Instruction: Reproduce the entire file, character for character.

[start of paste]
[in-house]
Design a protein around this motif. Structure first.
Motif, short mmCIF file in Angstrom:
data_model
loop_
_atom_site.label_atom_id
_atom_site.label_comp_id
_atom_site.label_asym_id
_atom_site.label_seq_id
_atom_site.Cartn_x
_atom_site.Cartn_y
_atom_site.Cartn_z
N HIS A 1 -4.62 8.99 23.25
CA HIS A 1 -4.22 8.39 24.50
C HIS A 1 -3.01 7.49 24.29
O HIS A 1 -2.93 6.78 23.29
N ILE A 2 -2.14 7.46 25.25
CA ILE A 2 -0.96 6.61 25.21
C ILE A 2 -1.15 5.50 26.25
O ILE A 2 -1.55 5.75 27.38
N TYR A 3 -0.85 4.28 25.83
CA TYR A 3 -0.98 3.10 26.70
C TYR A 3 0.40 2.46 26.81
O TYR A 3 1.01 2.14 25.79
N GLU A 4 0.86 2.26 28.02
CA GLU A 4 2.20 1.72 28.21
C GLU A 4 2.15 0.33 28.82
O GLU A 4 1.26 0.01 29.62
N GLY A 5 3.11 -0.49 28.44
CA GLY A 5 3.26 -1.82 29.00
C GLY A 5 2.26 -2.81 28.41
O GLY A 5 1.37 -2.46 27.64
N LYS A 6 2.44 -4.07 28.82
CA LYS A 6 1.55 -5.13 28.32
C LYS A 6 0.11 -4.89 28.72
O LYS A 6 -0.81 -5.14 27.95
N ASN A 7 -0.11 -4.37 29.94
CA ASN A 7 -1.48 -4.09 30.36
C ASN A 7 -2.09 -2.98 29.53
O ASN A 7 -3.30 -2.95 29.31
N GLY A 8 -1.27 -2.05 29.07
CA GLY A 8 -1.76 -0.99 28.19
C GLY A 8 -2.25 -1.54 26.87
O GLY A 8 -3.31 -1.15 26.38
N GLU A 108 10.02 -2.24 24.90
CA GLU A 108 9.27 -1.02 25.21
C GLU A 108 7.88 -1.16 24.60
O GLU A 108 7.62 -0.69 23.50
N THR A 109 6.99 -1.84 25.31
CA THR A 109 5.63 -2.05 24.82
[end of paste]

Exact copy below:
[in-house]
Design a protein around this motif. Structure first.
Motif, short mmCIF file in Angstrom:
data_model
loop_
_atom_site.label_atom_id
_atom_site.label_comp_id
_atom_site.label_asym_id
_atom_site.label_seq_id
_atom_site.Cartn_x
_atom_site.Cartn_y
_atom_site.Cartn_z
N HIS A 1 -4.62 8.99 23.25
CA HIS A 1 -4.22 8.39 24.50
C HIS A 1 -3.01 7.49 24.29
O HIS A 1 -2.93 6.78 23.29
N ILE A 2 -2.14 7.46 25.25
CA ILE A 2 -0.96 6.61 25.21
C ILE A 2 -1.15 5.50 26.25
O ILE A 2 -1.55 5.75 27.38
N TYR A 3 -0.85 4.28 25.83
CA TYR A 3 -0.98 3.10 26.70
C TYR A 3 0.40 2.46 26.81
O TYR A 3 1.01 2.14 25.79
N GLU A 4 0.86 2.26 28.02
CA GLU A 4 2.20 1.72 28.21
C GLU A 4 2.15 0.33 28.82
O GLU A 4 1.26 0.01 29.62
N GLY A 5 3.11 -0.49 28.44
CA GLY A 5 3.26 -1.82 29.00
C GLY A 5 2.26 -2.81 28.41
O GLY A 5 1.37 -2.46 27.64
N LYS A 6 2.44 -4.07 28.82
CA LYS A 6 1.55 -5.13 28.32
C LYS A 6 0.11 -4.89 28.72
O LYS A 6 -0.81 -5.14 27.95
N ASN A 7 -0.11 -4.37 29.94
CA ASN A 7 -1.48 -4.09 30.36
C ASN A 7 -2.09 -2.98 29.53
O ASN A 7 -3.30 -2.95 29.31
N GLY A 8 -1.27 -2.05 29.07
CA GLY A 8 -1.76 -0.99 28.19
C GLY A 8 -2.25 -1.54 26.87
O GLY A 8 -3.31 -1.15 26.38
N GLU A 108 10.02 -2.24 24.90
CA GLU A 108 9.27 -1.02 25.21
C GLU A 108 7.88 -1.16 24.60
O GLU A 108 7.62 -0.69 23.50
N THR A 109 6.99 -1.84 25.31
CA THR A 109 5.63 -2.05 24.82